If any place embodied the “moonlight and magnolias” mythology of the Old South, it was Natchez, Mississippi. Perched on a bluff over looking the Mississippi River, Natchez’s small size (only 4, 680 inhabitants in 1850) belied its economic importance, In 1838 Natchez-area growers sent forty thousand bales of cotton doenriver to New Orleans. Moreover, the city’s forty most prominent families, referred to as the “nabobs” included the largest and wealthiest cotton planters in the entire South and some of the biggest slave owners in the world.
No one could accuse the Natchez nabobs of hiding their wealth. At least forty large mansions graced the streets of the town or the wooded lanes of adams Country. Their names slid smoothly off the tongue—“Concordia” and “Melrose” In conscious imitation of the English landed gentry, families like the Duncans, Surges, and Quitmans furnished their homes with the best furniture, drapes, and marbles, and then used these stages to play out their self-appointed roles as patriarchs of the Cotton Kingdom. Gracious entertainment was the order of the day, as evidenced by John Quitman’ Journal entry recording a visit to a friend’s plantation: “Mint-juleps in the morning are sent to our rooms, and then follows a delightful breakfast in the open veranda… we hunt, ride, fish… read or lounge until dinner” followed by a siesta and then more of the same until the evening meal. “In fine weather,” Quitman continued, “the tea-table is always set before sun set, and then, until bed-time, we stroll, sing, play whist, or croquet. It is an indolent yet charming life, and one quits thining and takes to dreaming”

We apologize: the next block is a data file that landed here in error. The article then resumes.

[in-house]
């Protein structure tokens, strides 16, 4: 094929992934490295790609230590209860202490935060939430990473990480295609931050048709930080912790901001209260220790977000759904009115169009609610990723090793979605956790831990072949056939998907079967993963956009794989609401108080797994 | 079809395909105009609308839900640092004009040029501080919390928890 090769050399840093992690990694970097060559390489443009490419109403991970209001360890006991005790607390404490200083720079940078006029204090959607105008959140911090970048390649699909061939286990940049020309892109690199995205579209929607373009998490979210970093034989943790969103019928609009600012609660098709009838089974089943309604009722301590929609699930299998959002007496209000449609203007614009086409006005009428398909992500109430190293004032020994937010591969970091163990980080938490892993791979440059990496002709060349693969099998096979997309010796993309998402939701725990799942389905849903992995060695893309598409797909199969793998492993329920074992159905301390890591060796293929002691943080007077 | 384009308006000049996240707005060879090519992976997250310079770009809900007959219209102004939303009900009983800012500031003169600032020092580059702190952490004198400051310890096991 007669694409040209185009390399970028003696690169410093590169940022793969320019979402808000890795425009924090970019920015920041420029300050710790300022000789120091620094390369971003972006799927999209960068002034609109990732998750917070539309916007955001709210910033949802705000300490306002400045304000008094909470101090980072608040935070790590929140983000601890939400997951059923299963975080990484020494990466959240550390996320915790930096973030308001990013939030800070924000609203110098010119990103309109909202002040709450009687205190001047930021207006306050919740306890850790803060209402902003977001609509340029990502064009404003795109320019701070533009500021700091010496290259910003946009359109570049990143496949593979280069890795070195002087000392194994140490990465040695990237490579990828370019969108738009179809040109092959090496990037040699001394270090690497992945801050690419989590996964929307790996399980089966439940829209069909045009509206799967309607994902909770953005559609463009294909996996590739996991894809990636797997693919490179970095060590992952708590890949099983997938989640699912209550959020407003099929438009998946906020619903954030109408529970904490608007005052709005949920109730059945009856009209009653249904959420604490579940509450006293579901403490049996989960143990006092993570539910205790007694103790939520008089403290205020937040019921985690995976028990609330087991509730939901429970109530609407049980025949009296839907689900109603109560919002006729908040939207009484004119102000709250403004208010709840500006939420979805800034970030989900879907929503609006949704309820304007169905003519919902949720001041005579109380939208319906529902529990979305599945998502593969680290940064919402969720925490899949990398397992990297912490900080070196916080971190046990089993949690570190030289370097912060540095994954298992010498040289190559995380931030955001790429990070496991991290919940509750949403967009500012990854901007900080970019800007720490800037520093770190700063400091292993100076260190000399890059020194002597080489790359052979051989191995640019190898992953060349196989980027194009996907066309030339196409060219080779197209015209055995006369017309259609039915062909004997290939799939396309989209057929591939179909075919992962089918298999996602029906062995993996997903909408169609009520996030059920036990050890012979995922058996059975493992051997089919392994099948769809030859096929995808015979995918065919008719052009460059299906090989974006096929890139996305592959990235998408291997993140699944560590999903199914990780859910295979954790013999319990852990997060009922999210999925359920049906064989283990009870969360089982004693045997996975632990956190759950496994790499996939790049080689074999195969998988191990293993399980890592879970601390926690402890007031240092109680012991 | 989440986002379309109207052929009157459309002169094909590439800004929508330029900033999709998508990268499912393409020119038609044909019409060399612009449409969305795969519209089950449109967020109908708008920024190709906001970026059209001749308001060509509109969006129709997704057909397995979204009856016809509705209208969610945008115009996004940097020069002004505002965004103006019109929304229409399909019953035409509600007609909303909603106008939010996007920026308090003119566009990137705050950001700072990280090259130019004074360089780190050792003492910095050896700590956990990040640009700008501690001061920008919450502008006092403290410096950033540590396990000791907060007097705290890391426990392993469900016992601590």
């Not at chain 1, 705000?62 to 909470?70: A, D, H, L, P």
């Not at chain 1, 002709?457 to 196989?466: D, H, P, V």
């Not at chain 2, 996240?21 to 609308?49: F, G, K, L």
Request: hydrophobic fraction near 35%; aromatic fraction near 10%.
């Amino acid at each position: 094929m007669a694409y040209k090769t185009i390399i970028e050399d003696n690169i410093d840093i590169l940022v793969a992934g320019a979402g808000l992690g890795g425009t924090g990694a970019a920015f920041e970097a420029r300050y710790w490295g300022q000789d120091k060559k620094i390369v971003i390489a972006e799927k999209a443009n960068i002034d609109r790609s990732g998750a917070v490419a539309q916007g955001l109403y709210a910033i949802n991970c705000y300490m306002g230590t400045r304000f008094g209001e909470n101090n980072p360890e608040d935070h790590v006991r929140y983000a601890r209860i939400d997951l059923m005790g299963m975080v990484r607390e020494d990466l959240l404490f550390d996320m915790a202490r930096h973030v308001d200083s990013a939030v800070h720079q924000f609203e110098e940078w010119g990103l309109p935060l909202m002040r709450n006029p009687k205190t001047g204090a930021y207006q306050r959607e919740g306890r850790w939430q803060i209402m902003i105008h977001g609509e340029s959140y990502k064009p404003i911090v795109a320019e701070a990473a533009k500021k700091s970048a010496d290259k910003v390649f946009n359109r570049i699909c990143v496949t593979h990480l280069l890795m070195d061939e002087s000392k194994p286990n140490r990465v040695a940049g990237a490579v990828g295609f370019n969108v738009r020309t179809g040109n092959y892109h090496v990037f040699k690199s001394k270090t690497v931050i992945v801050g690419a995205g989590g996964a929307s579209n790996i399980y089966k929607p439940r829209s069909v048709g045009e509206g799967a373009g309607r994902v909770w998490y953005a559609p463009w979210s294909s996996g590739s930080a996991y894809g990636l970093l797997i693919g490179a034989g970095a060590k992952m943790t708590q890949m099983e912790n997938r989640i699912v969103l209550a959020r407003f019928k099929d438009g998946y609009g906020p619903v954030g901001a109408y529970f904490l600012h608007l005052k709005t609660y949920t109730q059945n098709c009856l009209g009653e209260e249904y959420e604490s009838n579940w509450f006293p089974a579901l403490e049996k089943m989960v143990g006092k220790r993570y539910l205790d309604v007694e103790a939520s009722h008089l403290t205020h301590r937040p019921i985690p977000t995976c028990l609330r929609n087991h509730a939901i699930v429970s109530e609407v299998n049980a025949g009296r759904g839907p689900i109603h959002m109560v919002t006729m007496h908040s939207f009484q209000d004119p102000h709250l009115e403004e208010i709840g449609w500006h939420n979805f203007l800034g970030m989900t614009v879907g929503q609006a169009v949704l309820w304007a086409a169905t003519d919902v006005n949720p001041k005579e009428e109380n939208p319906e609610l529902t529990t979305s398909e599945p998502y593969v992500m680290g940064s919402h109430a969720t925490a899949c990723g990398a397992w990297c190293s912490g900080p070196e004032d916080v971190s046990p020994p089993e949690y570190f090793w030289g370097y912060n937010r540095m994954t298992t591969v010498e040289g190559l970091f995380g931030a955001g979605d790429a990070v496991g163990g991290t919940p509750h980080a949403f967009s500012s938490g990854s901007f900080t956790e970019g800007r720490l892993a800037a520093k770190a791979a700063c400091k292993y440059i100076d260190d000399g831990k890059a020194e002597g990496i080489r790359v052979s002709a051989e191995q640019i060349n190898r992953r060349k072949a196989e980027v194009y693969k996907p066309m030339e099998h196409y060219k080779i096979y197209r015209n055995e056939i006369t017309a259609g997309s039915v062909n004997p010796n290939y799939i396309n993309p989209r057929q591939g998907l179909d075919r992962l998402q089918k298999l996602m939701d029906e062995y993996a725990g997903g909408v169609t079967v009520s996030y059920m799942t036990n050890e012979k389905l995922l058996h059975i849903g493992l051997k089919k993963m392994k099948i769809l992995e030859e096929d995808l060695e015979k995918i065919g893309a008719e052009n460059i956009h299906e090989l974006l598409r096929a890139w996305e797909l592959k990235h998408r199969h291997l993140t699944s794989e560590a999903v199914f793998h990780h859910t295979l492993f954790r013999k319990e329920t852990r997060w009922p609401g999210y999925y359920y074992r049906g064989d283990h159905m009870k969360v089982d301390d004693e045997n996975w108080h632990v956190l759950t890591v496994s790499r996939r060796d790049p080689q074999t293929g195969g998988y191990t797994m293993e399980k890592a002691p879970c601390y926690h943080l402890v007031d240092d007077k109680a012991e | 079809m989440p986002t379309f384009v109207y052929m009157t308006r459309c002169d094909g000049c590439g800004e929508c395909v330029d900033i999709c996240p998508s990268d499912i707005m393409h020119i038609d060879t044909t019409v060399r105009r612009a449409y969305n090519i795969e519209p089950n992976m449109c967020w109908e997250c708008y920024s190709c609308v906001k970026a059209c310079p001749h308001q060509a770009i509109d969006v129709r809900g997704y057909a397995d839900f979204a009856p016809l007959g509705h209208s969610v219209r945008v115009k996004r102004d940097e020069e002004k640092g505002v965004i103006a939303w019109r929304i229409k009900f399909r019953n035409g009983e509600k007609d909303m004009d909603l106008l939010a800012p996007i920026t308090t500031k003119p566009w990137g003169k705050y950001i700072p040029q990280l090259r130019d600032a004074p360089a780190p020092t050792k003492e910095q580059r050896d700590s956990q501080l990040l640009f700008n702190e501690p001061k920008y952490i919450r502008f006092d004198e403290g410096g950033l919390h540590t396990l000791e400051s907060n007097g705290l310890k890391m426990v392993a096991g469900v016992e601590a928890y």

Source: Louisiana State University
This begins a series of posts about our two days in Natchez, Mississippi , a place we visited with mixed feelings. Having visited Dachau, the concentration camp near Munich and the old slave forts in Ghana where slaves were held before boarding the Portuguese slave ships , we have experienced the heaviness of spirit that still remains in these places of great suffering. Natchez was the same, but it is a part of our history and should not be denied. We both wanted to see the antebellum plantations and decided to go.
We stayed in this beautiful Monmouth Historic Inn. Our two nights were in celebration of big milestone birthdays and anniversary and the experience was most memorable.